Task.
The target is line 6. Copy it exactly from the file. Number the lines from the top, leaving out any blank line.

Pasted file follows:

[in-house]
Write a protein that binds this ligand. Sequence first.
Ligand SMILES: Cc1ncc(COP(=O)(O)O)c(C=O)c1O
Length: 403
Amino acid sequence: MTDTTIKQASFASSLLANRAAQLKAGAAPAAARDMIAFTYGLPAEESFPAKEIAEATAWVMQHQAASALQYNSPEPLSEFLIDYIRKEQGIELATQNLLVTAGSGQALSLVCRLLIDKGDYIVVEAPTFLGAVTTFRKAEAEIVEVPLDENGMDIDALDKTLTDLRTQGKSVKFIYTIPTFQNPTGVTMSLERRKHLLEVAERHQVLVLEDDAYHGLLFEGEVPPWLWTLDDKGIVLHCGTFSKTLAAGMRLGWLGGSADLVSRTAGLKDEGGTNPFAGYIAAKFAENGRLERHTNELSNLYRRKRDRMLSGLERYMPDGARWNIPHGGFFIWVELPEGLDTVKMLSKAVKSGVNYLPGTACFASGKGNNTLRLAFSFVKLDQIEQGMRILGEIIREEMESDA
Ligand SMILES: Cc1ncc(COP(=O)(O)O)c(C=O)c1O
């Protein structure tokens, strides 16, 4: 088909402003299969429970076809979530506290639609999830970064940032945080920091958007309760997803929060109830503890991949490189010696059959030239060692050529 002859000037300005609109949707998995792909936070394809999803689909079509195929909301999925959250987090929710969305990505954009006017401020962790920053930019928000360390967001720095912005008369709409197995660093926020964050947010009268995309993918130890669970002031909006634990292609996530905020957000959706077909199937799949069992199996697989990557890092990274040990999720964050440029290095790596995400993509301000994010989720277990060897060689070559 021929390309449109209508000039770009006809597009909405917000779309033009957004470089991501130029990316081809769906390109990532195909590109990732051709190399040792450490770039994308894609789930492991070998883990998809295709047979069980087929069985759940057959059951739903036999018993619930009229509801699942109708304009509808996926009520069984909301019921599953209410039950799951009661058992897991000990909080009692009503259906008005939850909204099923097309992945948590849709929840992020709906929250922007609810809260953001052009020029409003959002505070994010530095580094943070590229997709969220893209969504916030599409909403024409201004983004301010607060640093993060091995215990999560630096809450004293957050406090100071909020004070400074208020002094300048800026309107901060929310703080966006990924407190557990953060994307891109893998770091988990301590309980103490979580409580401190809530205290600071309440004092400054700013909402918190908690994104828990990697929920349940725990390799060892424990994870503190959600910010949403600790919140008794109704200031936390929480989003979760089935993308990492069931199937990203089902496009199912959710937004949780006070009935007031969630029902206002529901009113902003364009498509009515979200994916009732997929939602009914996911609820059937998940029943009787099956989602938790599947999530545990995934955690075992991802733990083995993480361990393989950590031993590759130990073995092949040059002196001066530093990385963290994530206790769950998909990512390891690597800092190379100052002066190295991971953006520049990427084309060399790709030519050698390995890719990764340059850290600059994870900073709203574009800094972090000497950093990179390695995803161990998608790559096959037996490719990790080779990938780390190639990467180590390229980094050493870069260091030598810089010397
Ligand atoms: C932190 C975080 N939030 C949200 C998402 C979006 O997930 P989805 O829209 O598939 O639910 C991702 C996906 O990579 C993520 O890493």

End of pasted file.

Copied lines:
Ligand SMILES: Cc1ncc(COP(=O)(O)O)c(C=O)c1O